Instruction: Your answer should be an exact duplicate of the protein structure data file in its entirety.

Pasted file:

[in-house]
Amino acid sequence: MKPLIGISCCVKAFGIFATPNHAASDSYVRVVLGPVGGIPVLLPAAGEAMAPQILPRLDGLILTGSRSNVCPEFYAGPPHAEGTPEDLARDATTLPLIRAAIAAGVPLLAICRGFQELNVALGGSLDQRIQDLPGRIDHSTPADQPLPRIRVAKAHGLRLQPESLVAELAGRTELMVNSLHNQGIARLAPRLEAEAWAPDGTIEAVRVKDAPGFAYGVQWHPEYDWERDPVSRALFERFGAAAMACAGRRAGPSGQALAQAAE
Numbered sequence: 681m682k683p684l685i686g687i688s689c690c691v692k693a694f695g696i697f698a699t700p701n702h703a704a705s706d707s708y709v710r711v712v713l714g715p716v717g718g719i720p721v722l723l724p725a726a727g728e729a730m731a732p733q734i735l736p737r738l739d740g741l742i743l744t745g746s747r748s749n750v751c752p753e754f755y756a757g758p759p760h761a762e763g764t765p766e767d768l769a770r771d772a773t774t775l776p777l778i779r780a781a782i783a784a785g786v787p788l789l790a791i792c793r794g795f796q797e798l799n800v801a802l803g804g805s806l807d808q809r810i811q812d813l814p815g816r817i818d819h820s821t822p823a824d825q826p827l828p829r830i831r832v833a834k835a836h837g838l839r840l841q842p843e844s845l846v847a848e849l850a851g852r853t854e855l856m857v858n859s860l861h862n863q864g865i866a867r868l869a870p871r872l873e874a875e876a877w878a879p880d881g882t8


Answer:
[in-house]
Amino acid sequence: MKPLIGISCCVKAFGIFATPNHAASDSYVRVVLGPVGGIPVLLPAAGEAMAPQILPRLDGLILTGSRSNVCPEFYAGPPHAEGTPEDLARDATTLPLIRAAIAAGVPLLAICRGFQELNVALGGSLDQRIQDLPGRIDHSTPADQPLPRIRVAKAHGLRLQPESLVAELAGRTELMVNSLHNQGIARLAPRLEAEAWAPDGTIEAVRVKDAPGFAYGVQWHPEYDWERDPVSRALFERFGAAAMACAGRRAGPSGQALAQAAE
Numbered sequence: 681m682k683p684l685i686g687i688s689c690c691v692k693a694f695g696i697f698a699t700p701n702h703a704a705s706d707s708y709v710r711v712v713l714g715p716v717g718g719i720p721v722l723l724p725a726a727g728e729a730m731a732p733q734i735l736p737r738l739d740g741l742i743l744t745g746s747r748s749n750v751c752p753e754f755y756a757g758p759p760h761a762e763g764t765p766e767d768l769a770r771d772a773t774t775l776p777l778i779r780a781a782i783a784a785g786v787p788l789l790a791i792c793r794g795f796q797e798l799n800v801a802l803g804g805s806l807d808q809r810i811q812d813l814p815g816r817i818d819h820s821t822p823a824d825q826p827l828p829r830i831r832v833a834k835a836h837g838l839r840l841q842p843e844s845l846v847a848e849l850a851g852r853t854e855l856m857v858n859s860l861h862n863q864g865i866a867r868l869a870p871r872l873e874a875e876a877w878a879p880d881g882t8